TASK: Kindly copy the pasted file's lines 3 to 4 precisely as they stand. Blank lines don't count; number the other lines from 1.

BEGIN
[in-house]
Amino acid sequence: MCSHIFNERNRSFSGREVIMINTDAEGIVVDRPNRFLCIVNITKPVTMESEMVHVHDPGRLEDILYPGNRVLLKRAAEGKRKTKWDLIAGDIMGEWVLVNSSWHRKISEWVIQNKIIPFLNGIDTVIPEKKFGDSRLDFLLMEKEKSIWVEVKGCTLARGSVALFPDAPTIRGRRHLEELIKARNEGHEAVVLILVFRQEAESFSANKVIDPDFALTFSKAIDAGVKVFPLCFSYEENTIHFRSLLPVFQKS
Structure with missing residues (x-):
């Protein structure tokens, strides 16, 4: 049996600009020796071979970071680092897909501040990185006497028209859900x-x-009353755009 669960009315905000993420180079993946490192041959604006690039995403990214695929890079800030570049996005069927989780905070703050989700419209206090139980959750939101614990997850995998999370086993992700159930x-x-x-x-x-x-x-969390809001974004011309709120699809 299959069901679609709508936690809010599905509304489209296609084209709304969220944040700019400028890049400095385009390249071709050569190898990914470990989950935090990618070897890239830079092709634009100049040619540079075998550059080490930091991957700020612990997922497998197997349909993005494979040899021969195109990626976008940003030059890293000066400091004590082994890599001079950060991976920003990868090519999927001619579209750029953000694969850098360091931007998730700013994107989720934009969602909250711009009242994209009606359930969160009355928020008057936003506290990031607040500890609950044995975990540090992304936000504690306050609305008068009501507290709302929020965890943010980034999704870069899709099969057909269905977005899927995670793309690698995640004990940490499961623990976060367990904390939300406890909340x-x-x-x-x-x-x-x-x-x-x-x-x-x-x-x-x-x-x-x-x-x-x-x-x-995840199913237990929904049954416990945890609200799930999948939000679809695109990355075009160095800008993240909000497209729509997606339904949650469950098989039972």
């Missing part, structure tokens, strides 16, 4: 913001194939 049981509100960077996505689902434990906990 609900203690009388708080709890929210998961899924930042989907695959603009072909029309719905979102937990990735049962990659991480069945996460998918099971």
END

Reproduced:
Structure with missing residues (x-):
């Protein structure tokens, strides 16, 4: 049996600009020796071979970071680092897909501040990185006497028209859900x-x-009353755009 669960009315905000993420180079993946490192041959604006690039995403990214695929890079800030570049996005069927989780905070703050989700419209206090139980959750939101614990997850995998999370086993992700159930x-x-x-x-x-x-x-969390809001974004011309709120699809 299959069901679609709508936690809010599905509304489209296609084209709304969220944040700019400028890049400095385009390249071709050569190898990914470990989950935090990618070897890239830079092709634009100049040619540079075998550059080490930091991957700020612990997922497998197997349909993005494979040899021969195109990626976008940003030059890293000066400091004590082994890599001079950060991976920003990868090519999927001619579209750029953000694969850098360091931007998730700013994107989720934009969602909250711009009242994209009606359930969160009355928020008057936003506290990031607040500890609950044995975990540090992304936000504690306050609305008068009501507290709302929020965890943010980034999704870069899709099969057909269905977005899927995670793309690698995640004990940490499961623990976060367990904390939300406890909340x-x-x-x-x-x-x-x-x-x-x-x-x-x-x-x-x-x-x-x-x-x-x-x-x-995840199913237990929904049954416990945890609200799930999948939000679809695109990355075009160095800008993240909000497209729509997606339904949650469950098989039972």